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United States Court of Appeals, Fourth Circuit.

UNITED STATES of America, Plaintiff-Appellee, v. Ryall Quincy MAJORS, a/k/a Teeny, a/k/a 3, Defendant-Appellant.

No. 17-4764

Decided: June 25, 2018

Before DIAZ and HARRIS, Circuit Judges, and SHEDD, Senior Circuit Judge. Larry W. Shelton, Federal Public Defender for the Western District of Virginia, Christine Madeleine Lee, Assistant Federal Public Defender for Appellate Litigation, OFFICE OF THE FEDERAL PUBLIC DEFENDER, Roanoke, Virginia, for Appellant. Thomas T. Cullen, United States Attorney, Roanoke, Virginia, Jean B. Hudson, Assistant United States Attorney, OFFICE OF THE UNITED STATES ATTORNEY, Charlottesville, Virginia, for Appellee.

Ryall Quincy Majors appeals the 10-month sentence imposed after the district court revoked his supervised release. Majors asserts that his sentence is plainly unreasonable because he made sincere efforts to combat his alcoholism and complied with his release terms while on home confinement before his revocation hearing. According to Majors, rather than sentence him above the bottom of his policy statement range, the district court should have credited Majors for the state time he served for his violating conduct, and for the time that he was on house arrest. Finding no error, we affirm.

“A district court has broad, though not unlimited, discretion in fashioning a sentence upon revocation of a defendant’s term of supervised release.” United States v. Slappy, 872 F.3d 202, 206 (4th Cir. 2017). Accordingly, when we review a revocation sentence, we “take[ ] a more deferential appellate posture concerning issues of fact and the exercise of discretion than reasonableness review for guidelines sentences.” United States v. Moulden, 478 F.3d 652, 656 (4th Cir. 2007) (internal quotation marks omitted). “We will affirm a revocation sentence if it is within the statutory maximum and is not ‘plainly unreasonable.’ ” United States v. Webb, 738 F.3d 638, 640 (4th Cir. 2013) (quoting United States v. Crudup, 461 F.3d 433, 438 (4th Cir. 2006) ). “And even if a revocation sentence is plainly unreasonable, we will still affirm if we find that any errors are harmless.” Slappy, 872 F.3d at 207.

To consider whether a revocation sentence is plainly unreasonable, we first must determine whether the sentence is procedurally or substantively unreasonable. See id. at 546. In making this determination, “we follow generally the procedural and substantive considerations that we employ in our review of original sentences, ․ with some necessary modifications to take into account the unique nature of supervised release revocation sentences.” Crudup, 461 F.3d at 438-39. Thus, a revocation sentence is procedurally reasonable if the district court adequately explains the chosen sentence after considering the Guidelines’ Chapter Seven policy statements and the applicable statutory sentencing factors. See United States v. Thompson, 595 F.3d 544, 546-47 (4th Cir. 2010). A revocation sentence is substantively reasonable if the court “sufficiently state[s] a proper basis for its conclusion that” the defendant should receive the sentence imposed. Crudup, 461 F.3d at 440. “Only if we find a revocation sentence unreasonable do we consider whether it is ‘plainly’ so, relying on the definition of ‘plain’ used in our ‘plain’ error analysis[,]” i.e., “clear” or “obvious.” Slappy, 872 F.3d at 208 (alterations and internal quotation marks omitted).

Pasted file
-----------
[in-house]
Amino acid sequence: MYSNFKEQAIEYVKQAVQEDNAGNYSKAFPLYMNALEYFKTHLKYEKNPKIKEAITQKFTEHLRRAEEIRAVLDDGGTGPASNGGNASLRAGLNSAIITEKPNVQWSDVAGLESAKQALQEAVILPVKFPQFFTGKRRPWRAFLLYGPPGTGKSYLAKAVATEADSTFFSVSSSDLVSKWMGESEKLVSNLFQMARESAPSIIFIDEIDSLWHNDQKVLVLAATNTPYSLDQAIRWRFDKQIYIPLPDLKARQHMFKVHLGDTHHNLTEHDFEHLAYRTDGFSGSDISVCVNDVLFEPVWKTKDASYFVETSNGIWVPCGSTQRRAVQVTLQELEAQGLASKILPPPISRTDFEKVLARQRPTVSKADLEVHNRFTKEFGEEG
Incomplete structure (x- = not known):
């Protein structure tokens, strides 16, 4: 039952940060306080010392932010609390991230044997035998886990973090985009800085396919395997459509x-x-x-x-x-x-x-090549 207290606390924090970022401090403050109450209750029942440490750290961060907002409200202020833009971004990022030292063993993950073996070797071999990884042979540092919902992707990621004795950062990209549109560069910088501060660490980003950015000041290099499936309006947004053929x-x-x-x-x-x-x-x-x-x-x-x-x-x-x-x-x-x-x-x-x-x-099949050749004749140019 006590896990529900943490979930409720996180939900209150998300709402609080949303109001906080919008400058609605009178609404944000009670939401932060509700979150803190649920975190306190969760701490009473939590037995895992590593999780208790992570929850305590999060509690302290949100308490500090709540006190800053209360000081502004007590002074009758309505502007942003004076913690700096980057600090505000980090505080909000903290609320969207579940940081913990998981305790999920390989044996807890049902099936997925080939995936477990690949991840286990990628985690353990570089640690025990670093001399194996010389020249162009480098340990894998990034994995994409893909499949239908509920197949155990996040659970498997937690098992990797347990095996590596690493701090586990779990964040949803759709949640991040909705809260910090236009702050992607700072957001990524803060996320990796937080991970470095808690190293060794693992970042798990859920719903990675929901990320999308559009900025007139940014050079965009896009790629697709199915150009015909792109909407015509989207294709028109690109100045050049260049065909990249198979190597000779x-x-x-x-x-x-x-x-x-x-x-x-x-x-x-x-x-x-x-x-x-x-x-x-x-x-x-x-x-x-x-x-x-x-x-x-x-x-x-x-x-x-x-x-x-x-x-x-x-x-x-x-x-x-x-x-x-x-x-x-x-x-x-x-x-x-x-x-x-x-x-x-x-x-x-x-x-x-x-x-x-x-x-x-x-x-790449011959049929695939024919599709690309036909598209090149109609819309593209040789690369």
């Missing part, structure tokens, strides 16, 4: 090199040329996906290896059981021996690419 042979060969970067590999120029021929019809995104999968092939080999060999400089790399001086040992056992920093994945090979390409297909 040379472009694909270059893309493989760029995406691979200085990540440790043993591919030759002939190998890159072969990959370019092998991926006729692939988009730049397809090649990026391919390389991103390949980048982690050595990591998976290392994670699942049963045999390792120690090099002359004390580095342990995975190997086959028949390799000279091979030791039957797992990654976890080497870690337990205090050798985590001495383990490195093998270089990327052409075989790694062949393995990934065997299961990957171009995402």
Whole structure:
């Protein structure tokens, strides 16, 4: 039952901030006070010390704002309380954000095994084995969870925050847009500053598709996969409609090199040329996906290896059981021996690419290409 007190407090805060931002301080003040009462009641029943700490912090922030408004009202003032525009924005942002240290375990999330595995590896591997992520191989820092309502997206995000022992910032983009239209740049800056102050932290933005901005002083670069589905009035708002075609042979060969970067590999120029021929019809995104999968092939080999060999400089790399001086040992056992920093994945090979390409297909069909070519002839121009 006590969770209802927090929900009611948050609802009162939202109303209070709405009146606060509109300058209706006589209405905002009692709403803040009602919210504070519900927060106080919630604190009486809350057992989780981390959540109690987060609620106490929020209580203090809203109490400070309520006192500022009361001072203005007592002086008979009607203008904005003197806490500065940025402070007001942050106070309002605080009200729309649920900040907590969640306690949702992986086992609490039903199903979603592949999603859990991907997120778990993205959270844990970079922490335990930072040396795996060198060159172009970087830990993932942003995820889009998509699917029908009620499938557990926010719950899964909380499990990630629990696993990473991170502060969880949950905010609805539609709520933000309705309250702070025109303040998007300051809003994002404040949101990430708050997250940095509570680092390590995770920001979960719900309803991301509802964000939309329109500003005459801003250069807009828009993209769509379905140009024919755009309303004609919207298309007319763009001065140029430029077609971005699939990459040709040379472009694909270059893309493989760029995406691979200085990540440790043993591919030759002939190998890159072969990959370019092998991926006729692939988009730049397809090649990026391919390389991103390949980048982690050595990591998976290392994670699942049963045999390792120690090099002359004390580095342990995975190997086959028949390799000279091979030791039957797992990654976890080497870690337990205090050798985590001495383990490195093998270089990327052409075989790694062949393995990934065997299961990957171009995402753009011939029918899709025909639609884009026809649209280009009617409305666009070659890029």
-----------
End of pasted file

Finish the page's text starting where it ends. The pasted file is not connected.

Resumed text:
Applying these standards, we readily conclude that Majors’ sentence is neither procedurally nor substantively unreasonable, and therefore is not plainly unreasonable. Although defense counsel asked that Majors’ supervision be continued to allow him to pursue new employment and participate in Virginia’s Alcohol Safety Program (VASP), the district court denied the request based on Majors’ two prior unsuccessful VASP attempts and, given his four arrests for driving under the influence (DUI), the threat he posed to the community. The district court also denied counsel’s request for a 30-day sentence, recognizing that Majors served little jail time for his past DUI offenses, and the court decided, based on Majors’ current violations and past inability to comply with his supervised release terms, that a 10-month sentence was appropriate.

Because the Guidelines instruct courts to run a revocation sentence consecutive to any other prison term for conduct that is the basis for revocation, the district was not obligated to give Majors credit for time served in state prison. See U.S. Sentencing Guidelines Manual ch. 7, pt. B, introductory cmt. (2016). And, rather than credit Majors for time he served on house arrest, the district court appropriately exercised its discretion to base its sentencing decision on Majors’ breach of trust and repeated inability to comply with his supervised release terms. Because the district court provided an individualized assessment of Majors’ situation, and since the 10-month sentence was based on permissible sentencing factors and fully consistent with the purpose of addressing supervised release violations, we conclude that Majors’ sentence is both procedurally and substantively reasonable and, thus, not plainly unreasonable. See Crudup, 461 F.3d at 440.

Based on the foregoing, we affirm the district court’s judgment. We dispense with oral argument because the facts and legal contentions are adequately presented in the materials before this court and argument would not aid the decisional process.



Affirmed by unpublished per curiam opinion. Unpublished opinions are not binding precedent in this circuit.

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